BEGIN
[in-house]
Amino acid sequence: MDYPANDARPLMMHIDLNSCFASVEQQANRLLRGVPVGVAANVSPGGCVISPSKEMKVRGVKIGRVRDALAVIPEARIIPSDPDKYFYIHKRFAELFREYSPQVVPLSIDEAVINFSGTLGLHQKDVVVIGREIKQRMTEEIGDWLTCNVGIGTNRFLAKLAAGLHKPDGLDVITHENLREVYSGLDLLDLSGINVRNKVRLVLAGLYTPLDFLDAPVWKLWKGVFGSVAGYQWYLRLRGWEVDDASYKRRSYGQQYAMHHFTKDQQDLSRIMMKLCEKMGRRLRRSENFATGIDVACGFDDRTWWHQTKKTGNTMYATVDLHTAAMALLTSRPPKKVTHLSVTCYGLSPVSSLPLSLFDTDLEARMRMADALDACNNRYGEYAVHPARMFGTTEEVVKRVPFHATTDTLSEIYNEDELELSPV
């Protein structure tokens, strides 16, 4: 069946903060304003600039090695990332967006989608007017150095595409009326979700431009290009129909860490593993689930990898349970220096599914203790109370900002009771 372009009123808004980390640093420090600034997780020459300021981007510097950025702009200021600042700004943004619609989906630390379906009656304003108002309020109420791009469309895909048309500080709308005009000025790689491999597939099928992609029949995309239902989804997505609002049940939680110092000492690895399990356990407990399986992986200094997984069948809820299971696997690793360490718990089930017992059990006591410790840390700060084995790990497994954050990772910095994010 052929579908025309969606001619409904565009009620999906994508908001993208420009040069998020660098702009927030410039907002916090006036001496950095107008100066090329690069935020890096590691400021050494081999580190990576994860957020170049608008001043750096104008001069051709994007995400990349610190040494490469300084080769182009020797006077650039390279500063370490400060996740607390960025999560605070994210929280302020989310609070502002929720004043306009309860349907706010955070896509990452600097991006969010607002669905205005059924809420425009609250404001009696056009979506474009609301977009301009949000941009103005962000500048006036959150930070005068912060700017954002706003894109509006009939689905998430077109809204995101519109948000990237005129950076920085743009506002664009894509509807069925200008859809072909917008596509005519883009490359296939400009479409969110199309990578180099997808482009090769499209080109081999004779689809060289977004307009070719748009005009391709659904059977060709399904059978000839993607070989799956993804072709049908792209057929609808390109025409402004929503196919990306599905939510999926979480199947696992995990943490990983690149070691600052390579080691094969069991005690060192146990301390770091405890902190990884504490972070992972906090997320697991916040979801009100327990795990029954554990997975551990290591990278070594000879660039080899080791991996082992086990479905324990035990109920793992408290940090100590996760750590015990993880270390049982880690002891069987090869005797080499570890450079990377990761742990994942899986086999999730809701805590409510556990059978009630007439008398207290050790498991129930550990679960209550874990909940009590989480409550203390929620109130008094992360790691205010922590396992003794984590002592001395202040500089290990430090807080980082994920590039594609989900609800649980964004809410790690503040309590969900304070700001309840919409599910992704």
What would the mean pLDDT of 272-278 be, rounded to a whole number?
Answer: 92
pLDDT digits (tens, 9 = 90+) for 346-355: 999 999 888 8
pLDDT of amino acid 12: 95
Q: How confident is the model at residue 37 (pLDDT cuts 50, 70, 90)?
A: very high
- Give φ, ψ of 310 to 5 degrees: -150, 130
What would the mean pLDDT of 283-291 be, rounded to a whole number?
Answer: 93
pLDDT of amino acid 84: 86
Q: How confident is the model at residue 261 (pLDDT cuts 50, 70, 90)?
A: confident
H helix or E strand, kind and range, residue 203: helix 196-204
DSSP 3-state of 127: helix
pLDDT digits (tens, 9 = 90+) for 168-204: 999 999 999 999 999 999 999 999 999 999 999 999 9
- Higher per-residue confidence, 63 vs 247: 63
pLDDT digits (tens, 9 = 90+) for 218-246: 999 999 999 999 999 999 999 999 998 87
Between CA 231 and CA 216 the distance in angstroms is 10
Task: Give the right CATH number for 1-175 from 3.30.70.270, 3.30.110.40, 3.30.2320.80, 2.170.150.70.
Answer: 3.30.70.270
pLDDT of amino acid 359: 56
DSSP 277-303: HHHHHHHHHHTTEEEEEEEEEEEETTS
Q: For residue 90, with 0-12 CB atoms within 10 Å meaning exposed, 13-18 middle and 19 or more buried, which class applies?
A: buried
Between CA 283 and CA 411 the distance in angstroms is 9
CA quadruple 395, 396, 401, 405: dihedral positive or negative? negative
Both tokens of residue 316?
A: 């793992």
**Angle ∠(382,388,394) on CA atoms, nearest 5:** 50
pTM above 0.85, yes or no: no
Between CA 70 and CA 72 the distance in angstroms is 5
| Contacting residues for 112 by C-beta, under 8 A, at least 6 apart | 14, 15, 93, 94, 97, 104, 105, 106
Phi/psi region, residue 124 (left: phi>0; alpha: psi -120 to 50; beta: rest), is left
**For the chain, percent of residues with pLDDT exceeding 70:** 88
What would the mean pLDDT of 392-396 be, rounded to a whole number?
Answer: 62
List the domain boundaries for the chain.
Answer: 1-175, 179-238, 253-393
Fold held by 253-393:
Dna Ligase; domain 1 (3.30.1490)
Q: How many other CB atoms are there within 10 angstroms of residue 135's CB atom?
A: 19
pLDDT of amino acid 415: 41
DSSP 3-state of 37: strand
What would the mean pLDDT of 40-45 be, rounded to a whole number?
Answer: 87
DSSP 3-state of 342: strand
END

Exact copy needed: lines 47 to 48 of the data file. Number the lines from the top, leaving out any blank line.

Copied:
DSSP 3-state of 37: strand
What would the mean pLDDT of 40-45 be, rounded to a whole number?